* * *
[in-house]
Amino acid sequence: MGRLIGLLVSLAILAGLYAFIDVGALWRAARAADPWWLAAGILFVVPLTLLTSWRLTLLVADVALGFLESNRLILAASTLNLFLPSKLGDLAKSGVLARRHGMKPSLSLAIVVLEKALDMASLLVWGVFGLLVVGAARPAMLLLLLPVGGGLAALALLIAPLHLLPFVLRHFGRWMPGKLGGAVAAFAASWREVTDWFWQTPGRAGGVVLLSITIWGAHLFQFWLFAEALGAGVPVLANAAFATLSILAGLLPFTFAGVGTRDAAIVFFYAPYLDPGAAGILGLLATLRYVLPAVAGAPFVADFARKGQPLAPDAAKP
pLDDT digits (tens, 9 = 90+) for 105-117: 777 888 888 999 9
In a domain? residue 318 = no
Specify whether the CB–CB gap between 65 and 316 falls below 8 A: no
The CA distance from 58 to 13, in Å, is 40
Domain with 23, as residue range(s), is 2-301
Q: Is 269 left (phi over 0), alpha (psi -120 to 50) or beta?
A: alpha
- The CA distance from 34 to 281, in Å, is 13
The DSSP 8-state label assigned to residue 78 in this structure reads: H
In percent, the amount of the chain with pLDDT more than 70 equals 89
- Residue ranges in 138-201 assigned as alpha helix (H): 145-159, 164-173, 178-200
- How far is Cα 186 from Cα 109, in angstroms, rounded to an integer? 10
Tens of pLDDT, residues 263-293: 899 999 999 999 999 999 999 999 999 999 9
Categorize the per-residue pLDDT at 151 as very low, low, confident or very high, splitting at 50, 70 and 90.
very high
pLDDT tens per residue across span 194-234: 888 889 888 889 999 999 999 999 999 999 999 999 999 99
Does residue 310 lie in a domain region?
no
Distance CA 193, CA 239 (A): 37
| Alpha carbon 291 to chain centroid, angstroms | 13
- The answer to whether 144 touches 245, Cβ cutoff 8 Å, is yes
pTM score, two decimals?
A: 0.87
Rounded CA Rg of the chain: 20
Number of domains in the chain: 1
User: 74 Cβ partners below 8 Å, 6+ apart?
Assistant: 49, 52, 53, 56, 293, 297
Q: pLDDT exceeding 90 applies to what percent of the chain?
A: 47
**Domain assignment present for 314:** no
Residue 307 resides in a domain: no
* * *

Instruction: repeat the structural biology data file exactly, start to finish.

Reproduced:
[in-house]
Amino acid sequence: MGRLIGLLVSLAILAGLYAFIDVGALWRAARAADPWWLAAGILFVVPLTLLTSWRLTLLVADVALGFLESNRLILAASTLNLFLPSKLGDLAKSGVLARRHGMKPSLSLAIVVLEKALDMASLLVWGVFGLLVVGAARPAMLLLLLPVGGGLAALALLIAPLHLLPFVLRHFGRWMPGKLGGAVAAFAASWREVTDWFWQTPGRAGGVVLLSITIWGAHLFQFWLFAEALGAGVPVLANAAFATLSILAGLLPFTFAGVGTRDAAIVFFYAPYLDPGAAGILGLLATLRYVLPAVAGAPFVADFARKGQPLAPDAAKP
pLDDT digits (tens, 9 = 90+) for 105-117: 777 888 888 999 9
In a domain? residue 318 = no
Specify whether the CB–CB gap between 65 and 316 falls below 8 A: no
The CA distance from 58 to 13, in Å, is 40
Domain with 23, as residue range(s), is 2-301
Q: Is 269 left (phi over 0), alpha (psi -120 to 50) or beta?
A: alpha
- The CA distance from 34 to 281, in Å, is 13
The DSSP 8-state label assigned to residue 78 in this structure reads: H
In percent, the amount of the chain with pLDDT more than 70 equals 89
- Residue ranges in 138-201 assigned as alpha helix (H): 145-159, 164-173, 178-200
- How far is Cα 186 from Cα 109, in angstroms, rounded to an integer? 10
Tens of pLDDT, residues 263-293: 899 999 999 999 999 999 999 999 999 999 9
Categorize the per-residue pLDDT at 151 as very low, low, confident or very high, splitting at 50, 70 and 90.
very high
pLDDT tens per residue across span 194-234: 888 889 888 889 999 999 999 999 999 999 999 999 999 99
Does residue 310 lie in a domain region?
no
Distance CA 193, CA 239 (A): 37
| Alpha carbon 291 to chain centroid, angstroms | 13
- The answer to whether 144 touches 245, Cβ cutoff 8 Å, is yes
pTM score, two decimals?
A: 0.87
Rounded CA Rg of the chain: 20
Number of domains in the chain: 1
User: 74 Cβ partners below 8 Å, 6+ apart?
Assistant: 49, 52, 53, 56, 293, 297
Q: pLDDT exceeding 90 applies to what percent of the chain?
A: 47
**Domain assignment present for 314:** no
Residue 307 resides in a domain: no